This Kat recently recalled these questions in reading a piece by Ben Lerner in The New Yorker magazine, “The Custodians: How the Whitney Museum is transforming the art of museum conservation”. The article describes how the Whitney Museum of American Art, located in New York City has established a so-called replication committee (including one lawyer as a member) to determine under what conditions a work must be replicated if it cannot be fixed or otherwise restored in any traditional manner. The acute question that arises is whether it is still possible to talk about the original object when it has passed from conservation or even restoration to (mere?) replication.
John Ruskin, who argued against any form of restoration, even if the result was that the building or object might wholly decay. In his words-- the “greatest glory of a building ….is in its Age.”
At the other end was the same Viollet-le-Duc, who argued and was engaged in multiple restorations. Reconstruction of a building was not only permitted, but called for, to--
“…reestablish it in a finished state, which may have in fact never have actually existed at a given time.”A vigorous modern proponent of Ruskin’s view was Andrew Petryn, the former chief conservator at the Yale University Art Gallery, who was committed to what is called “de-restoration”, as he sought to remove all the restoration done to a work, leaving the work as created by the artist itself. Much controversy ensued, and Petryn was euphemistically criticized for “aggressive over-cleaning” of some pieces of the collection. At the other end was Viollet-le-Duc and his work at such sites as Carcassonne. In Lerner’s view, Ruskin’s position risks “fetishizing damage”, while Viollet-de-Luc risks “the Disneyfication of the historical record.” As Lerner suggests elsewhere in the piece, do we prefer the work “as an archaeological artifact” or should it be something that allows us to experience it as a picture qua picture? It seems to this Kat that the treatment of a building, which has an inherent functional purpose—namely shelter, can be distinguished from a painting, for which the artistic experience is the sine qua non. Still, the foregoing discussion on the two polar positions maintained by Ruskin and Viollet-de-Luc, respectively, usefully sets out the parameters of the discussion.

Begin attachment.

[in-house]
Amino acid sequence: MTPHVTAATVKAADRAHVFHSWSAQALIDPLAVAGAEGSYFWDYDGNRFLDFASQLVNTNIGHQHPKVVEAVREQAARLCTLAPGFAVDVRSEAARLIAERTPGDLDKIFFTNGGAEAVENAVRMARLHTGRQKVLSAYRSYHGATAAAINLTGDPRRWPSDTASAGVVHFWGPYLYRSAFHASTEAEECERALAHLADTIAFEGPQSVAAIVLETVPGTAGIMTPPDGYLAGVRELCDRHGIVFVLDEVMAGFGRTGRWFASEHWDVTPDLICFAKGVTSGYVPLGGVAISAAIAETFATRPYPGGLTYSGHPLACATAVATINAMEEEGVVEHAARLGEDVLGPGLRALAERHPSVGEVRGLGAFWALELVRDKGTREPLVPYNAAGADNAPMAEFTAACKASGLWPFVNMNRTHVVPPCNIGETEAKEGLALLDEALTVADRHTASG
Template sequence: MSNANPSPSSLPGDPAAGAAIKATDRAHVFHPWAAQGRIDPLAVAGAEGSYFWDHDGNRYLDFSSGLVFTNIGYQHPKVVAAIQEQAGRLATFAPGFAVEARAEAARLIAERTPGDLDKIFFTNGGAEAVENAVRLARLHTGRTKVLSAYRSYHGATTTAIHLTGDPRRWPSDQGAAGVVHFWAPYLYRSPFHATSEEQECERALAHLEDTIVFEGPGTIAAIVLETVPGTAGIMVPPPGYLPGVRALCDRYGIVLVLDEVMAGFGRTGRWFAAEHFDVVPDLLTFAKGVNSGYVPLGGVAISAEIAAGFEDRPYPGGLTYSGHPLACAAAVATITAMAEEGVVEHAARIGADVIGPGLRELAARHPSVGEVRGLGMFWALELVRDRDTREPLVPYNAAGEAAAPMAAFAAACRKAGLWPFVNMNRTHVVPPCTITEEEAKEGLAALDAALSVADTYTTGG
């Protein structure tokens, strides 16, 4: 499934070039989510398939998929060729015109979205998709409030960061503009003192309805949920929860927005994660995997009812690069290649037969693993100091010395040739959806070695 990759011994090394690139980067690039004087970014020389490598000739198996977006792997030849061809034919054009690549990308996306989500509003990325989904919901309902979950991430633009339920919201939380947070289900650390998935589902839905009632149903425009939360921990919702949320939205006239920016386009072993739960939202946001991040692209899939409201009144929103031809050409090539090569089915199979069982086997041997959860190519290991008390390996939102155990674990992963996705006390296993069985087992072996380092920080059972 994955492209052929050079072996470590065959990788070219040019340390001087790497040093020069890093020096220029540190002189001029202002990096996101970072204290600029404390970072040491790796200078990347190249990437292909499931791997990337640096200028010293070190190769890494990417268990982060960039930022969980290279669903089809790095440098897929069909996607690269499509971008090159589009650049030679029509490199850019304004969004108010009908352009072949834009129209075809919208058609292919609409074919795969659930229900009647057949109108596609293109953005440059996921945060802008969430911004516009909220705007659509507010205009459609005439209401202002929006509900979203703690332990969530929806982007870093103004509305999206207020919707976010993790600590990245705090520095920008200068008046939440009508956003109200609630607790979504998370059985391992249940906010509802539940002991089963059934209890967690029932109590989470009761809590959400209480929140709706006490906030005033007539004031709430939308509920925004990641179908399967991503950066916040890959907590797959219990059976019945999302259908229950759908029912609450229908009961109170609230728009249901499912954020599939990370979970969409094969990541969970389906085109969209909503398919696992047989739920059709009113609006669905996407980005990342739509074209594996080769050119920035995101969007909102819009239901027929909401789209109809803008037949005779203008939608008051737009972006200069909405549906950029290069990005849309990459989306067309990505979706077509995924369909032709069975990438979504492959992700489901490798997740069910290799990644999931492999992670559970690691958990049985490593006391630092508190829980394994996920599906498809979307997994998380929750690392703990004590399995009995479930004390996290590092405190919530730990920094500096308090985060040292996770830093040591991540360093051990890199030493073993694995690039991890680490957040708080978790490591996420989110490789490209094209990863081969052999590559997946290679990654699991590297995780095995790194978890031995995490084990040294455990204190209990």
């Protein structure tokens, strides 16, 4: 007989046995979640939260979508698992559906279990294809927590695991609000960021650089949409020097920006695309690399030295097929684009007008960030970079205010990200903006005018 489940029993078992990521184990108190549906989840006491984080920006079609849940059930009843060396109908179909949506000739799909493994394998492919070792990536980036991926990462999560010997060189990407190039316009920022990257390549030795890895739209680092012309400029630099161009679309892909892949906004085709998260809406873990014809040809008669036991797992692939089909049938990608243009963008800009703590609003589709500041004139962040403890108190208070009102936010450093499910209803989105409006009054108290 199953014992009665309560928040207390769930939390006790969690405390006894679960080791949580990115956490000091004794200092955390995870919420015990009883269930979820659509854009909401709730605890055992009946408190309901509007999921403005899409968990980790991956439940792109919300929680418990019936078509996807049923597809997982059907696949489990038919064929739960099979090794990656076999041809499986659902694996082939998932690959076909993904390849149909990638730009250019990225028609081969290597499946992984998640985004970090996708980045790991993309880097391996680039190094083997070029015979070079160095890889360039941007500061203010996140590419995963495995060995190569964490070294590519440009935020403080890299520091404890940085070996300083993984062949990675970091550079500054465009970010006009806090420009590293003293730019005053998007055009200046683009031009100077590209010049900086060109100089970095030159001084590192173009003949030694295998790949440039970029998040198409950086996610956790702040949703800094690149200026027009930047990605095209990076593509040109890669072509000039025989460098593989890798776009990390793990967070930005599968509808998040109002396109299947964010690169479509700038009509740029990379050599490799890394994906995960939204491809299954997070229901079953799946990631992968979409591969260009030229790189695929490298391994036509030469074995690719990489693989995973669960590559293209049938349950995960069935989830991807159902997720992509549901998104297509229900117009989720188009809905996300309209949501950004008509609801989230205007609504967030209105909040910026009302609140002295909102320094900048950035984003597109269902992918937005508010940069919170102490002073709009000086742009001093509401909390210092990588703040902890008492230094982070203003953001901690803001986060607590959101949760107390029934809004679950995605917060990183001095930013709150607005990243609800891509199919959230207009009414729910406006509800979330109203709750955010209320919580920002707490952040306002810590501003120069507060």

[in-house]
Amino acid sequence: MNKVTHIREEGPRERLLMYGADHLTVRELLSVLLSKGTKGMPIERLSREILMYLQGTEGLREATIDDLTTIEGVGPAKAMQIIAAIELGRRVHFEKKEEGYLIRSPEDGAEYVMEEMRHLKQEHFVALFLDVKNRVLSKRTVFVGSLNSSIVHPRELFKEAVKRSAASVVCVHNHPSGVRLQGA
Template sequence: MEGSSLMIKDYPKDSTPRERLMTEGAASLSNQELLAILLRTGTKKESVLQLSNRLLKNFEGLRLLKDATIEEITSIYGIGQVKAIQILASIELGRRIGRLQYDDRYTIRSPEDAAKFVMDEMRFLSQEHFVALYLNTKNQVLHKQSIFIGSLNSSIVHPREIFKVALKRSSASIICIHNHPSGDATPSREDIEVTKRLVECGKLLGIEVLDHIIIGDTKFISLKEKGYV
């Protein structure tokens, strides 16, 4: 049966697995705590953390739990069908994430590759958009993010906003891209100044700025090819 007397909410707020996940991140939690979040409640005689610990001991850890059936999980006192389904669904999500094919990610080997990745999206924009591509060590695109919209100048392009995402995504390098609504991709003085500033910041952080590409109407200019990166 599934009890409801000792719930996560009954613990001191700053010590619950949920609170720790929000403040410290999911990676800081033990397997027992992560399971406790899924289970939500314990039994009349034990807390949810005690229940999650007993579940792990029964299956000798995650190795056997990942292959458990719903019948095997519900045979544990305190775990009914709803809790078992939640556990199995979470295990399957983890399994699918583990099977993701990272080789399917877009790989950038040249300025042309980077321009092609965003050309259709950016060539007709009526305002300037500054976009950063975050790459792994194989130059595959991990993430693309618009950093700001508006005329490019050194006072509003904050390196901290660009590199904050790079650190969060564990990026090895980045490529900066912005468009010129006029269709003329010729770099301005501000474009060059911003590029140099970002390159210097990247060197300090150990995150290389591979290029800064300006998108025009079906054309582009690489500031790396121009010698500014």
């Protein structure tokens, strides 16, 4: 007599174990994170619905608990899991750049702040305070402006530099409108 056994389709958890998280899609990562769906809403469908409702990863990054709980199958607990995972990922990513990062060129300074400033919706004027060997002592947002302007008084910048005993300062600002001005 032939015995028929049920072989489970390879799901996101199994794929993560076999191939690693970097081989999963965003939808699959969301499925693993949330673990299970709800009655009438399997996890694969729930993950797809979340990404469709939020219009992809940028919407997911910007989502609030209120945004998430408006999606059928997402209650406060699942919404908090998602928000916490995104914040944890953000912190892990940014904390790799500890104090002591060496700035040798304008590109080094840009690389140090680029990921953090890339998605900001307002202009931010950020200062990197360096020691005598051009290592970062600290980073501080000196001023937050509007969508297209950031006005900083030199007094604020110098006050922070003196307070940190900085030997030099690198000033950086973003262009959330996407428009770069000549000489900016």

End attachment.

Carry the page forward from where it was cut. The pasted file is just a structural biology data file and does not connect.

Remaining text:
A fascinating example of how this might play out was described by Lerner in connection with a painting at the Whitney by the noted Abstract Expressionist painter, Mark Rothko. The head of the conservation department said that staff had noted “some unexplained, inconsistent coloration” in the painting. A painting conservator went about examining the painting with an infra-red camera, looking for either evidence of damage or if there had prior “intervention” of the painting. If the latter, “[i]t might be that Rothko himself restored this, and did a poor job.” If this were the case, would it be proper for the Whitney to effectively save the artist from himself? But it is also possible that the inconsistent coloration was done intentionally by the artist. If so, change would not “improve” the artwork but rather could do harm to the artist’s aesthetic intentions. Rothko died in 1970, so the ability of the Whitney to resolve the issue would seem especially daunting (it appears that no decision has yet been reached).
More fundamentally, to what extent does the Whitney need to first take a position on the